One source indicates the Morstede team likely worked close to the front line, while the Bradwardine team was back at camp. This was based on the number of archers each team was assigned for protection - the closer to the line of battle, the more archers on the team. With its lack of archers, the Bradwardine team may well have found itself hard-pressed during the French attack on the supply train.
Thomas Morstede hired to bring twelve other surgeons on campaign
William Bradwardine and 9 other surgeons hired to assist.
11th century France. Bishop Fulbert of Chartres “On Feudal Obligations.”
Period Military Texts with Medical Information:
13th century England. Fealty of John of England to Pope Innocent.
- “He who swears fealty to his lord ought always to have these 6 things in memory… Harmless, that is to say that he should not be injurious to his lord in his body….
- However, that the faithful vassal should avoid these injuries is proper, but… it is not sufficient to abstain from evil unless what is good is done also…
- The lord also ought to act toward his faithful vassal reciprocally in all these things. And if he does not do this he will be justly considered guilty of bad faith, just as the former….”
“I… will be faithful to God and St. Peter and the Roman church and my lord pope Innocent… I will impede their being harmed if I know of it, and will cause harm to be removed from them if I shall be able…”
Its not much of a stretch in my mind, to think that the above would obligate the lord and his vassal to provide medical care for each other to "cause harm to be removed" and to ensure that "what is good is done also".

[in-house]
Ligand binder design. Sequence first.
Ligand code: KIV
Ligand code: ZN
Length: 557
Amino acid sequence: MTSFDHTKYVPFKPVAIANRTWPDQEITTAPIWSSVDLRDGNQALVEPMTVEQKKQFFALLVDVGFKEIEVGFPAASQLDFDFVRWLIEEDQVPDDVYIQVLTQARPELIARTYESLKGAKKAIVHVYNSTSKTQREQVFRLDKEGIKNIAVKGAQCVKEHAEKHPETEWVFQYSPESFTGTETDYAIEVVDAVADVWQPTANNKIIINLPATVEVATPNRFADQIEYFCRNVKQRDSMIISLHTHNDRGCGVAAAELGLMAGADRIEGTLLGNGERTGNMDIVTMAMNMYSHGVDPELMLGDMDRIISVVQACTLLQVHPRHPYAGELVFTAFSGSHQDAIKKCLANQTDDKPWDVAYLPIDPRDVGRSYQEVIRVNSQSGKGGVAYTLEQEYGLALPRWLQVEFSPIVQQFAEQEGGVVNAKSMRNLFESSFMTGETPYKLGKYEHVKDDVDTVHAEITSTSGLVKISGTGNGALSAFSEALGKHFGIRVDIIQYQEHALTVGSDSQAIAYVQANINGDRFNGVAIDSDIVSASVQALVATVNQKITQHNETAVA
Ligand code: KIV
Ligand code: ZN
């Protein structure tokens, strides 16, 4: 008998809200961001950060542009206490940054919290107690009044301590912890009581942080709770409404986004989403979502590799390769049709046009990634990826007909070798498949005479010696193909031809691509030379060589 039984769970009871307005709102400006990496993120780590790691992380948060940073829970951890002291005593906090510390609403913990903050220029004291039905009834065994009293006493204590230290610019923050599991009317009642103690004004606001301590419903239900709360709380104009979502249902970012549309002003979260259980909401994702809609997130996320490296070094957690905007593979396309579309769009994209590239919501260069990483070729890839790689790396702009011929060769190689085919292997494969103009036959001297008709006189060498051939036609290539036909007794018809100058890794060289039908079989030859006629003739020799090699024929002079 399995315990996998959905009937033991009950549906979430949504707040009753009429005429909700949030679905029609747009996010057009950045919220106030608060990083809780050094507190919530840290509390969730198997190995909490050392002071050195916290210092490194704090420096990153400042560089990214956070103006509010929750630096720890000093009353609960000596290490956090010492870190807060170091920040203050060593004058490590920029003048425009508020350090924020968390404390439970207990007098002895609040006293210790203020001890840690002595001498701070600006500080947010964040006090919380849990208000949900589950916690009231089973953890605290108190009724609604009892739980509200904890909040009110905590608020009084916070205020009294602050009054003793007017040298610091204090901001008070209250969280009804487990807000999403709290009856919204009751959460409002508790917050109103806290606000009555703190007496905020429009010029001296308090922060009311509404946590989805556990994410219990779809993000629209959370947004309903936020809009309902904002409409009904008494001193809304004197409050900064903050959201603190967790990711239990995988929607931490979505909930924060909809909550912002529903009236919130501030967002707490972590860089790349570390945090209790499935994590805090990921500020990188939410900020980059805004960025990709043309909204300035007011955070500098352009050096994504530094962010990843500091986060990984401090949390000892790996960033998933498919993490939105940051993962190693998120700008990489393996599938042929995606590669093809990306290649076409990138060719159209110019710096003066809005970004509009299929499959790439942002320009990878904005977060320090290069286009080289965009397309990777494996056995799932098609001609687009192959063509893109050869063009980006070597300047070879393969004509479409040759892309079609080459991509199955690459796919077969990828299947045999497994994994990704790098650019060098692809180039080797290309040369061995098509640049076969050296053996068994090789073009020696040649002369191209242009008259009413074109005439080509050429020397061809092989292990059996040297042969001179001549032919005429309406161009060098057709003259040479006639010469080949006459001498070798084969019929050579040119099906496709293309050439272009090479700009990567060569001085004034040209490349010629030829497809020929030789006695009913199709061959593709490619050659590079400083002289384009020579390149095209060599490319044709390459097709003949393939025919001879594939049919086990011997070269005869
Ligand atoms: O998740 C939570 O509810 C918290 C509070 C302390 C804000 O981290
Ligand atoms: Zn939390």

Vegetius text (late Roman military treatise text widely available in Middle Ages)
Las Siete Partidas (late 1200s Spanish laws and ordinances)
Arnold of Villanova, Regimen Almarie (early 1300s Spain)
Field hospitals in the Crusades – make-shift and Hospitaller
Disease and Non-Battle Injuries:
Crusader cities generally had hospitals
A priory in Spain was pressed into service as a hospital for the Almarie campaign
Homes in occupied towns used to house troops/wounded (also used in American Civil War)
Many (most?) losses due to disease and non-battle injury, not wounds
Medieval Military Disease Prevention:
Modern ratio (wounds:DNBI) - Combat Zone 1:1, Rear Area 1:6. (based on daily admission rates)
American Civil War ratio - 1:6 (based on General Hospital admissions)
Mexican War ratio - 1:2 among American troops while in Mexico, (1:25 for volunteers! see below)
Crusades ratio - 1:1 (fates of named Crusaders in 12-13th cent)
In "modern" armies, support staff (cooks, mechanics, etc.) are considered part of the "army" and their fates are included in the casualty reports. The named Crusaders (therefore upper class) would have considered themselves "front-line" combatants, hence the casualty ratio similar to the modern Combat Zone forces. Medieval support staff made up the "camp followers" and do not seem to be included when sizes of medieval armies are given.
Avoid marshy, swampy land
Put higher ranking personnel in better winds
Change is dangerous – in weather, diet, routine (and new soldiers more vulnerable than veterans)
Ensure sufficient shelter (for example, provide straw to protect from damp ground)
Provide proper diet – tisane (from barley) prevents fever
Choose safe water – test by dipping a white cloth in the water and checking it for stains
Dispose of refuse, waste and bodies properly (pits outside the camp)